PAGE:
Letter-writing as Art
I’m writing this as National Letter Writing Week comes to a close, which falls every year during the second full week of January. The following books are collections of correspondence between those both well-known and those of less notoriety. Letter-writing, as a general practice, has declined a fair bit in this modern age of rapid response. My hope is that these titles, and others like them, might inspire you to sit in the coming days and pen a thoughtful letter to a relative or friend, across the country or just across town.
Letters to Children from Beatrix Potter / Collected and Introduced by Judy Taylor – The current collection draws together letters written to children supposedly by characters made famous by her books. Featuring photos and illustrations as well, this collection is a welcome treat for any that’s ever been enchanted by the world’s created by Beatrix Potter.
Swimming Lessons / Claire Fuller – This work of fiction tells the story of Ingrid Coleman, who composes letters to her husband but never sends them. Instead she places each one in a book that makes up his vast library collection. Upon completing the last letter she disappears, leaving just her thoughts and words behind.
Wisdom of our Fathers: Lessons and Letters from Daughters and Sons / [collected by] Tim Russert – This touching volume is made up of the treasure trove of letters that Tim Russert received after publishing his bestselling book about his own father. Illustrating the complex ways in which fathers play a role in their children’s lives, Russert’s collection is sure to strike a chord with anyone who picks up this volume.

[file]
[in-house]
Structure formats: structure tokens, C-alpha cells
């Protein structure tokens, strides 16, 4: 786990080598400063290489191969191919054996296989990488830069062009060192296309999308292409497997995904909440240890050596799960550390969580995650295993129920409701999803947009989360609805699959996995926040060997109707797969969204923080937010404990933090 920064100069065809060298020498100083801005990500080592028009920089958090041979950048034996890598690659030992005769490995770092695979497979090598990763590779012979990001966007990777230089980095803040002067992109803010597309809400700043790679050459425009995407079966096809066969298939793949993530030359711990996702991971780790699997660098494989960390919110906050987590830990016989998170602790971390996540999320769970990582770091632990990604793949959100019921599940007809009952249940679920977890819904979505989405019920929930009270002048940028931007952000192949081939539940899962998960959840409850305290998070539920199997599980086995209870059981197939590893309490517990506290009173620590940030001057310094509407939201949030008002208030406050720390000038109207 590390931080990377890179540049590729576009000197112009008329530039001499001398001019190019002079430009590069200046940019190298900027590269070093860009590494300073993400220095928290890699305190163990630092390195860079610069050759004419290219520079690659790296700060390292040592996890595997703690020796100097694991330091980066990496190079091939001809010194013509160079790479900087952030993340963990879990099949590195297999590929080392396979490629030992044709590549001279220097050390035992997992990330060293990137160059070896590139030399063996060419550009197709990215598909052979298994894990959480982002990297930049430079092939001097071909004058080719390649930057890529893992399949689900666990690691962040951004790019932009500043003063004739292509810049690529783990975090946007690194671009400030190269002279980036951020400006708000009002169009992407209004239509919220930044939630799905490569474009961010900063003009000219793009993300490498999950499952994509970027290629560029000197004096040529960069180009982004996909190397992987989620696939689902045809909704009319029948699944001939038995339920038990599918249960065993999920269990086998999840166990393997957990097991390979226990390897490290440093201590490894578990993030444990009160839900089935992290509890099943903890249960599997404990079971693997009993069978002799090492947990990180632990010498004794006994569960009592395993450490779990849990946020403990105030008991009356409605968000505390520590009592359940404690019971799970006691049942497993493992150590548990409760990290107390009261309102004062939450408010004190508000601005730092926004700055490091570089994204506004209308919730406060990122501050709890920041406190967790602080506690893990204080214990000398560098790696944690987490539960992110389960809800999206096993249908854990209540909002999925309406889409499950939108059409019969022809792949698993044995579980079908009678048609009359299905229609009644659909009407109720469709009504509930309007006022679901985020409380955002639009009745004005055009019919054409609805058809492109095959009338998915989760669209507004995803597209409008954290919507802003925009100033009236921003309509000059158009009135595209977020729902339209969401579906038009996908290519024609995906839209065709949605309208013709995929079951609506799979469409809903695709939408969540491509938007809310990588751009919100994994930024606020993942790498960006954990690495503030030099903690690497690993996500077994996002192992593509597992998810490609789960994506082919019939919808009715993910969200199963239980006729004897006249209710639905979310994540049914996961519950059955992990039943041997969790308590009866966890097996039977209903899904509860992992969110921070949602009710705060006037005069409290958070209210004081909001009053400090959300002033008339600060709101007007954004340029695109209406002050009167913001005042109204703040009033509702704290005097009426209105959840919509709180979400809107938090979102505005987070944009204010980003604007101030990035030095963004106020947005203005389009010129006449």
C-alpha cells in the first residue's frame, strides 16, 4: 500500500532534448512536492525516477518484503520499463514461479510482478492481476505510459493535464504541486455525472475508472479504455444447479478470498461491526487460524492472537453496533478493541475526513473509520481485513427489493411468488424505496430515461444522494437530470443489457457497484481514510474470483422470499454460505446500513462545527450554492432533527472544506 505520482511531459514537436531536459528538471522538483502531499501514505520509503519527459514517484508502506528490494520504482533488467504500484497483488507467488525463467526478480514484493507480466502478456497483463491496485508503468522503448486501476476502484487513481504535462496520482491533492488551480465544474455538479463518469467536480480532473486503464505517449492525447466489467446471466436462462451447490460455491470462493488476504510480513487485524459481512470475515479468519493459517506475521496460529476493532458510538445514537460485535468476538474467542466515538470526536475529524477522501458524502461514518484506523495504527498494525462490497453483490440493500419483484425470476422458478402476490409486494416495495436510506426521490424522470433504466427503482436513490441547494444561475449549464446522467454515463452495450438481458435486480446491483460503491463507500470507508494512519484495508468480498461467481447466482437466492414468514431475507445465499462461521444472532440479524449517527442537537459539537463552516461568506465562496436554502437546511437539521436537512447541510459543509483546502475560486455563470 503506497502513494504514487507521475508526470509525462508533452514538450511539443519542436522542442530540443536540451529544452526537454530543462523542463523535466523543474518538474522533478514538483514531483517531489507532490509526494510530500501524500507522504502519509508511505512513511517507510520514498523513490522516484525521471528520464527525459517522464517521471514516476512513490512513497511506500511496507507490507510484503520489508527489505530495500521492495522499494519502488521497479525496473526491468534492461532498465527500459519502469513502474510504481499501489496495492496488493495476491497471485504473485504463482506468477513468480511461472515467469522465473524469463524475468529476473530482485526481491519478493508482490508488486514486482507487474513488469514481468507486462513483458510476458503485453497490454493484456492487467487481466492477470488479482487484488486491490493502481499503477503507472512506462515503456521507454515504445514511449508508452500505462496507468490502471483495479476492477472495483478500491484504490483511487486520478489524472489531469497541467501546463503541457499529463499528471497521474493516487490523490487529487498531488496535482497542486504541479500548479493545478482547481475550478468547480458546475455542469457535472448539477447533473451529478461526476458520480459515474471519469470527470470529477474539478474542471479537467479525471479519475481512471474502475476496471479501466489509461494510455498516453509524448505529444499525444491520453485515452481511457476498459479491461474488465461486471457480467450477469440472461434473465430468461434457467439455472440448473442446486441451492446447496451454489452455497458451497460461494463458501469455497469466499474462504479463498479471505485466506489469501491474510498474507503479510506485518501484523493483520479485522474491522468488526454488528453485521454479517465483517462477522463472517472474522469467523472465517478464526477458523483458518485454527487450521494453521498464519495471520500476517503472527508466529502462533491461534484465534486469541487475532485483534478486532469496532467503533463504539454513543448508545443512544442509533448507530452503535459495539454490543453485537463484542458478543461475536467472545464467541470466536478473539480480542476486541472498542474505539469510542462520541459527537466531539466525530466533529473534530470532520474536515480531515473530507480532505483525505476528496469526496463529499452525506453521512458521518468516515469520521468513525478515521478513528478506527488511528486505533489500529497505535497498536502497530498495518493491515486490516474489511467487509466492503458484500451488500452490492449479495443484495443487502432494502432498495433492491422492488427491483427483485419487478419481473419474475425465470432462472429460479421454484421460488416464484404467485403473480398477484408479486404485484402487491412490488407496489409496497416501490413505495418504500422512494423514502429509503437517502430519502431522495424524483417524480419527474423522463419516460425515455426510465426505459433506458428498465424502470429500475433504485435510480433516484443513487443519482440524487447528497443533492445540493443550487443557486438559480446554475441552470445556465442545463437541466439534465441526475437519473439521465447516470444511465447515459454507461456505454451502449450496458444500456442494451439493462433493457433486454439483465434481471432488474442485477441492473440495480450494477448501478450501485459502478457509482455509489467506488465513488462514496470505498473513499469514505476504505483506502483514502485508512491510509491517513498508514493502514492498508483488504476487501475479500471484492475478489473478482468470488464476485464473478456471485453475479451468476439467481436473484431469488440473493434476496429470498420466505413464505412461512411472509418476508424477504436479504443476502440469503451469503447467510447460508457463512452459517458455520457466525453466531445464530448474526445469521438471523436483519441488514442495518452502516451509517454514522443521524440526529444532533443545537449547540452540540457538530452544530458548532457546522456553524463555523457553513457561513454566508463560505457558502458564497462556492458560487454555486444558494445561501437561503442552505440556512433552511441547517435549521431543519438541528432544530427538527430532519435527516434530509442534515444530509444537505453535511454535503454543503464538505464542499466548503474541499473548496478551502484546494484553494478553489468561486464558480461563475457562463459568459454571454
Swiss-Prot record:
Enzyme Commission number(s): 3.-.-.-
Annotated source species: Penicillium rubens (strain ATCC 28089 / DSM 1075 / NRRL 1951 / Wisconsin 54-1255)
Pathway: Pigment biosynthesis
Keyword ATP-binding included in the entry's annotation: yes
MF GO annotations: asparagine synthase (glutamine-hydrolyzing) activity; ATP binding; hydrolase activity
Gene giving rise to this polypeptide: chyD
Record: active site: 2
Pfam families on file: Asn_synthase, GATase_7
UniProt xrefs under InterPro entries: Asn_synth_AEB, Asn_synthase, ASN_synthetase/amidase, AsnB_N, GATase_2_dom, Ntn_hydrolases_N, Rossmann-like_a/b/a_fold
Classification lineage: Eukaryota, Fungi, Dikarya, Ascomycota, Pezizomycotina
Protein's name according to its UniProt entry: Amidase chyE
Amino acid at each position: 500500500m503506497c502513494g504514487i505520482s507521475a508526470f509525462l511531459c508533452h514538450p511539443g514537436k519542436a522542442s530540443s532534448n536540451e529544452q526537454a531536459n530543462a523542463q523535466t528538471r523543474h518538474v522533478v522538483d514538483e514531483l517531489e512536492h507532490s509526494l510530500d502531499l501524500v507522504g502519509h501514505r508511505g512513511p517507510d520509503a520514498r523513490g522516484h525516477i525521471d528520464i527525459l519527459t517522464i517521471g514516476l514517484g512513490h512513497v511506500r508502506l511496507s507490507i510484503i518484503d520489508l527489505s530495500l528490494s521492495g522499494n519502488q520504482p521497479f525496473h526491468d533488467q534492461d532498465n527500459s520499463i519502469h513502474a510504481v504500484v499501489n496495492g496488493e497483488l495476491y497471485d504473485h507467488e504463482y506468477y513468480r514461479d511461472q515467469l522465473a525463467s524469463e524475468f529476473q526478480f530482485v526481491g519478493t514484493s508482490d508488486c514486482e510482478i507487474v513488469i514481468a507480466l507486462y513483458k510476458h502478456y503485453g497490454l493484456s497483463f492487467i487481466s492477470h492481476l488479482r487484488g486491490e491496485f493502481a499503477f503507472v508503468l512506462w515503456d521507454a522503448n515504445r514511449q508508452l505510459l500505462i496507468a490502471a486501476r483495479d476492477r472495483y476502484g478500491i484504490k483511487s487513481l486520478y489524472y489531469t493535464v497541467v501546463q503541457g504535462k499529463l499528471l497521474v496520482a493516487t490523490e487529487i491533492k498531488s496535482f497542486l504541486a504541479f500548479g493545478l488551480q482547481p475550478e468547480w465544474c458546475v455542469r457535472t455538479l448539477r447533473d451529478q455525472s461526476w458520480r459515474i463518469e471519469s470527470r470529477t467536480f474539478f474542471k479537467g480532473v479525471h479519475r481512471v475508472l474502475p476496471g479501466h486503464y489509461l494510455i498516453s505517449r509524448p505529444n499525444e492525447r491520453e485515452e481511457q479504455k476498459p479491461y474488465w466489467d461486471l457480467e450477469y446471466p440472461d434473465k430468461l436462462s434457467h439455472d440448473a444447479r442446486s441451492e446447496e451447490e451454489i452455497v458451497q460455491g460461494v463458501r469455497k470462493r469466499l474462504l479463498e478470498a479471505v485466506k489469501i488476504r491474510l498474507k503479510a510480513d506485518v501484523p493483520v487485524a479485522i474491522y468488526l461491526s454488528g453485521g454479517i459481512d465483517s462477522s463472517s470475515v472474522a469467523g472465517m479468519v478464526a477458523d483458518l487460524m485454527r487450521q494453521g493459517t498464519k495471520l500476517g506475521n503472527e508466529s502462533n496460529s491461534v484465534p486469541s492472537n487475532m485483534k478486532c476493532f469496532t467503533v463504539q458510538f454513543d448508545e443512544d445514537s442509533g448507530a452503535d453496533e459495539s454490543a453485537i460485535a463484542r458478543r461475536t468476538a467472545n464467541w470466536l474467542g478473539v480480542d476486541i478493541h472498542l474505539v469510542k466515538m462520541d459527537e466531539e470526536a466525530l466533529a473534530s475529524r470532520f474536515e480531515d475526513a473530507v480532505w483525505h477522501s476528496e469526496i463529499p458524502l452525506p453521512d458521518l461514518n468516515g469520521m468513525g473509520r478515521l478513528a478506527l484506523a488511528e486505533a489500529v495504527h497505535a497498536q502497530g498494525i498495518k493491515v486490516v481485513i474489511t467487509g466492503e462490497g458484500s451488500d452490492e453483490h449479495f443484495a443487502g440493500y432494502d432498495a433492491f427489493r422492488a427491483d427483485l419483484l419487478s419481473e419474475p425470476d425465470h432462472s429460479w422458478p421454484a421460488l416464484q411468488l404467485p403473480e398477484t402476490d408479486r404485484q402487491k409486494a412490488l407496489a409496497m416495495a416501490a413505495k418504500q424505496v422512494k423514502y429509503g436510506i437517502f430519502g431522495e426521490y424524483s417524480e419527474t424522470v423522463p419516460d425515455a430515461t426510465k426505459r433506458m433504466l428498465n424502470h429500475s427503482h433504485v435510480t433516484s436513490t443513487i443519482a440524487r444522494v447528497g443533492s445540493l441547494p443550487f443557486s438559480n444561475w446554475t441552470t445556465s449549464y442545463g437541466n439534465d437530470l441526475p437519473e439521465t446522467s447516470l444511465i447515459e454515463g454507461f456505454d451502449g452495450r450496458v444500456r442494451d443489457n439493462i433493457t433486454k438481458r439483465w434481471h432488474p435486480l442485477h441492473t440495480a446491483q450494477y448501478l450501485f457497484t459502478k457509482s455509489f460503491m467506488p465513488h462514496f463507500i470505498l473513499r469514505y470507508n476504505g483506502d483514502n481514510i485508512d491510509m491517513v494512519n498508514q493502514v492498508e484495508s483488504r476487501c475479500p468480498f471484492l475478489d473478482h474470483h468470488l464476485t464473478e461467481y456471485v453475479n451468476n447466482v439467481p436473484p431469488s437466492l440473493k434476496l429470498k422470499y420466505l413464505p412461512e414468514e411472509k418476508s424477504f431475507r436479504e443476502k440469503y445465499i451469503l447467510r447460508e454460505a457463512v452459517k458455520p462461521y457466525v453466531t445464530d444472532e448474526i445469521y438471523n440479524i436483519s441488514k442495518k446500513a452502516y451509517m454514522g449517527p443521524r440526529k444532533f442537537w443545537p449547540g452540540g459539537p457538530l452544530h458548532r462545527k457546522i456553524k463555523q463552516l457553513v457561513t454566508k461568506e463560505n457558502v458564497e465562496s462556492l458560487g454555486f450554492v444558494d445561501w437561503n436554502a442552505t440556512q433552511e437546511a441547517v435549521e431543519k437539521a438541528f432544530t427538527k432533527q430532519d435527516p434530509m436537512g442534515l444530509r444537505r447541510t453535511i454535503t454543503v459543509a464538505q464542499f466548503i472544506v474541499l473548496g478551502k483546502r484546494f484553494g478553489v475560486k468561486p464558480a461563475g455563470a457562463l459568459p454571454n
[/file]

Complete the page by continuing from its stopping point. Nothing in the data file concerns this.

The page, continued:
Voices from the Front: Letters home from America’s Military Family / Letters Collected, Edited, and with a Foreword by Frank Schaeffer – Whether from a military family or not, this powerful collection of writings from those who served in Afghanistan and Iraq will remind readers of the toll exacted on the men and women that put on our country’s uniform as they depart for distant lands.
Zora Neale Hurston: A Life in Letters / Collected and Edited by Carla Kaplan – A collection of more than five hundred letters, written to such people as Langston Hughes, Dorothy West, and many others, paints a portrait of the enigmatic woman who became one of the greatest literary figures in American history.
A Life in Letters / Selected and Annotated by Peter Davison – A compilation of personal letters creates an autobiography of the author of “Nineteen Eighty-Four” through his correspondence with other literary luminaries, including T.S. Eliot and Henry Miller, as well as letters to complete strangers.
The John Lennon Letters / John Lennon; Edited and with an Introduction by Hunter Davies – A lifetime of letters, collected for the first time, from the legendary musician and songwriter. John Lennon was one of the greatest songwriters the world has ever known, but it was in his correspondences that he let his personality and poetry flow unguarded. Now, gathered for the first time in book form, are his letters to family, friends, strangers, and lovers from every point in his life.
Little Women Abroad: The Alcott Sisters’ Letters from Europe, 1870-1871 / Louisa May Alcott and May Alcott; Edited by Daniel Shealy – In 1870, Louisa May Alcott and her younger sister Abby May Alcott began a fourteen-month tour of Europe. Little Women Abroad gathers a generous selection of May’s drawings along with all of the known letters written by the two Alcott sisters during their trip. More than thirty drawings are included, nearly all of them previously unpublished.